1. neville odin

    Hey Rundle

    Any chance of a review of China Mieville’s October: The story of the russian revolution

  2. old greybearded one

    Yes Guy I think you will upset a lot of people, but I am a primary teacher and it is might hard. Discipline as such is not allowed as best I can tell, so we have a bigger problem than Houston. Some kids do not prosper in the mainstream, but it is cheaper and you can blame the teacher later.

    1. Paul Guy

      Please explain: but I am a primary teacher and it is might hard. Discipline as such is not allowed as best I can tell, so we have a bigger problem than Houston. Some kids do not prosper in the mainstream, but it is cheaper and you can blame the teacher later.

      1. lykurgus

        I’ll try to explain… either Old Greybearded One is dyslexic and refusing treatment, or is in fact Pauline Hanson.

        1. AR

          I read that as a play on Tom Hanks’ understated message to Mission Control.

    2. klewso

      “The teacher did it.”

    3. AR

      Note the ad hominem to both grundle & yourself in the responses below.
      Some people just refuse to face reality on so many important matters and hammer away at the hot key whenever their hair triggers are tripped.
      Does not bode well for future debate.

  3. Phen

    Personally, I don’t feel informed enough to build a strong argument either way. But it did strike me that, unlike much of what comes from Hanson’s mouth, there’s nothing inherently disgraceful or outrageous with opining that the preferences of the more difficult to teach children (and their parents) shouldn’t always be paramount. Ultimately, it’s a trade-off and I don’t see why Ms Hanson should need to apologise for her view.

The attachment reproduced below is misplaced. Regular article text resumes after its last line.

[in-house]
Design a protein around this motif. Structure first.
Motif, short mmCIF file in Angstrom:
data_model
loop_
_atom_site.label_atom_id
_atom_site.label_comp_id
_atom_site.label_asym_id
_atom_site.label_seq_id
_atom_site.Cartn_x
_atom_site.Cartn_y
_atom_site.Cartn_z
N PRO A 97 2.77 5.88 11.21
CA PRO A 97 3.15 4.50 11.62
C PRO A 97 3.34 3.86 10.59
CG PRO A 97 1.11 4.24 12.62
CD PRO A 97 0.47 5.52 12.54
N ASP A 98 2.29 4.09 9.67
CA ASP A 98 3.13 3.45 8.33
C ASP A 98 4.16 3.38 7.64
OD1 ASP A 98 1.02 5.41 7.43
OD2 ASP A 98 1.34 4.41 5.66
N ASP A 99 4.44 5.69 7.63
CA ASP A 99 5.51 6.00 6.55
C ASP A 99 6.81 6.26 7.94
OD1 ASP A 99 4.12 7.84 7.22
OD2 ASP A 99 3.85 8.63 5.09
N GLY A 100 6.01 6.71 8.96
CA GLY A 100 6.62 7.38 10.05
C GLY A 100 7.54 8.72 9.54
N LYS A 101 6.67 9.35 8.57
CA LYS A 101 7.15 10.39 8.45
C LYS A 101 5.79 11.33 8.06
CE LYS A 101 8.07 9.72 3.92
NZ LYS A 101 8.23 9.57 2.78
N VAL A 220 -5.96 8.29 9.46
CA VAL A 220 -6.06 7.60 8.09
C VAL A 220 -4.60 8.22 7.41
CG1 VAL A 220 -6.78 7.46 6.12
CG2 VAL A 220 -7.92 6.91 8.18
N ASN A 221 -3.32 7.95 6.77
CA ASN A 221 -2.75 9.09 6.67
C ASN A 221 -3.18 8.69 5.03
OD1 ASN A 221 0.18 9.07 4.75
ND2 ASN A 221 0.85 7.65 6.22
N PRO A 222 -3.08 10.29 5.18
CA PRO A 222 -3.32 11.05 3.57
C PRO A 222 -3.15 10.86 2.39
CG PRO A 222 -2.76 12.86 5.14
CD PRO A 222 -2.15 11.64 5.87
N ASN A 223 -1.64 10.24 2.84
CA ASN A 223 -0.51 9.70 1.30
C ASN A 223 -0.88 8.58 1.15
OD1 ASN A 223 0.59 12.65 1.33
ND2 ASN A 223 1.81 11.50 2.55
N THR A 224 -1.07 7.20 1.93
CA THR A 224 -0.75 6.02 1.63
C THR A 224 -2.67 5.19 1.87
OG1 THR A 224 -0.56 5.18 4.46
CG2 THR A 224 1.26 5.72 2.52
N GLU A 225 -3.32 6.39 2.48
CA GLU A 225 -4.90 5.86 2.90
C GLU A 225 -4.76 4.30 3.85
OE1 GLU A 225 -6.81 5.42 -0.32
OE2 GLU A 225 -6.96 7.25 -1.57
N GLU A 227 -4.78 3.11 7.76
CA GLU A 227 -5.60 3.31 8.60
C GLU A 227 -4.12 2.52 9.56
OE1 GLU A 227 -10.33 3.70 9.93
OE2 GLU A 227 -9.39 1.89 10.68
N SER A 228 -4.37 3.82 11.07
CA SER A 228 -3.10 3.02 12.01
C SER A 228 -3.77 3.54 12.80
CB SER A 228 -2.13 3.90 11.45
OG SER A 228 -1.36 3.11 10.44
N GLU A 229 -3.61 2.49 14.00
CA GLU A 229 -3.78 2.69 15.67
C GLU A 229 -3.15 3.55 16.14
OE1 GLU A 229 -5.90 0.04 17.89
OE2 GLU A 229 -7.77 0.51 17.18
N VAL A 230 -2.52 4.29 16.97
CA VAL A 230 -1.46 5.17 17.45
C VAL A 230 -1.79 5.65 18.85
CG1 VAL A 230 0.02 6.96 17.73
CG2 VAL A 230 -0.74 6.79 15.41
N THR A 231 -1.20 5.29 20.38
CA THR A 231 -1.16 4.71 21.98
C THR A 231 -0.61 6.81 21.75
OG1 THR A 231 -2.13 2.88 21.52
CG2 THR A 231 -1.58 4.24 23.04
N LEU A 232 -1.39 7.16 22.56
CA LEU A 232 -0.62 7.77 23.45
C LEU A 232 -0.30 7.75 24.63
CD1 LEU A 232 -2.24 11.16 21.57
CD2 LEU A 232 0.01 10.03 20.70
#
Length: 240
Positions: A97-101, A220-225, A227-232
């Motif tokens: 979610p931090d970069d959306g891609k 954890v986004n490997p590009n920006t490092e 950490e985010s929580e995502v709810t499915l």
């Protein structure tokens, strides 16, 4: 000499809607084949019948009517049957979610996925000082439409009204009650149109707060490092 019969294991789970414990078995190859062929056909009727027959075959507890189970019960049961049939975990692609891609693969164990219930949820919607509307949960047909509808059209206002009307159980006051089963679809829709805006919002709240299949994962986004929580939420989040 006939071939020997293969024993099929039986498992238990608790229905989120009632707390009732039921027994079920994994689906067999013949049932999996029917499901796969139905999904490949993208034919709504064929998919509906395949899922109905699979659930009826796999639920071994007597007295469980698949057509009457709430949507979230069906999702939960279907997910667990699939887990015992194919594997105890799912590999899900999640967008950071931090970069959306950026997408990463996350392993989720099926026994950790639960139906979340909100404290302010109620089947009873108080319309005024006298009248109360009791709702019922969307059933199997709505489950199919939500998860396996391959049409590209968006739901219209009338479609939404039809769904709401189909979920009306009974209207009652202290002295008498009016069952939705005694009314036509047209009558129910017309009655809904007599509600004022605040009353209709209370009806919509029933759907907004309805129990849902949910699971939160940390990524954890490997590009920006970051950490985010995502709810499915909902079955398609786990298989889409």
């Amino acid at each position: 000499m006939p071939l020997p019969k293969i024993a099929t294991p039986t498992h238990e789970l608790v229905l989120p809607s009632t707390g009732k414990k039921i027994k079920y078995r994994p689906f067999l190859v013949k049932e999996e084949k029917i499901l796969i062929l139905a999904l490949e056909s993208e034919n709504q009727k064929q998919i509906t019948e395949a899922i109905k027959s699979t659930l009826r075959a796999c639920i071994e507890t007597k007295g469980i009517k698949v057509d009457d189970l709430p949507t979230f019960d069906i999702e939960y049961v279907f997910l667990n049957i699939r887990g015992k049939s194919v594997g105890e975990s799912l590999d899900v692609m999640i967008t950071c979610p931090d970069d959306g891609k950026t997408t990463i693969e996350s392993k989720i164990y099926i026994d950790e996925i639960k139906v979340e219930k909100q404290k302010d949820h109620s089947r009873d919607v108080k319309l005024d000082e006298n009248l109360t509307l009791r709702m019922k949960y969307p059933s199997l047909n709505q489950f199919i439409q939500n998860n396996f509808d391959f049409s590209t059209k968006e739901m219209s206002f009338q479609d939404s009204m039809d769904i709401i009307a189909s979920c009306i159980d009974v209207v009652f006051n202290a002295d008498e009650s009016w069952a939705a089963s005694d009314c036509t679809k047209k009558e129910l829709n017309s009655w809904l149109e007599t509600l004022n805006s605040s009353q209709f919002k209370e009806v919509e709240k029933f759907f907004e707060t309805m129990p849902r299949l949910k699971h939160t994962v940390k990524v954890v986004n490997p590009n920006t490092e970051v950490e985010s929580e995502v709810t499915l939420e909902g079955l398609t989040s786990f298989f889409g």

1. Marilyn J Shepherd

      She said disabled kids should go away because they destroy the lives of other kids, what is wrong with some of you thick brained people.

      1. Woopwoop

        Marilyn, people would pay more attention to your opinions if you could contain your anger and go easy on the insults.

        1. Bob the builder

          If nothing else, Marilyn’s comments often provide a perfect example of the self-righteous ‘progressive’ caricature that Rundle describes.

      2. Phen

        Not thick brained thanks Marilyn. Read the quote again and tell me where it says what you claim.

  4. Brendan Kay

    A well considered, thoughtful article. What a pity it probably will never enter any mainstream discussion (“debate” implies to me a tendency to “adversarial”, and black & white). Keep up the good work, guy and Crikey team. Regional GP.

  5. Itsarort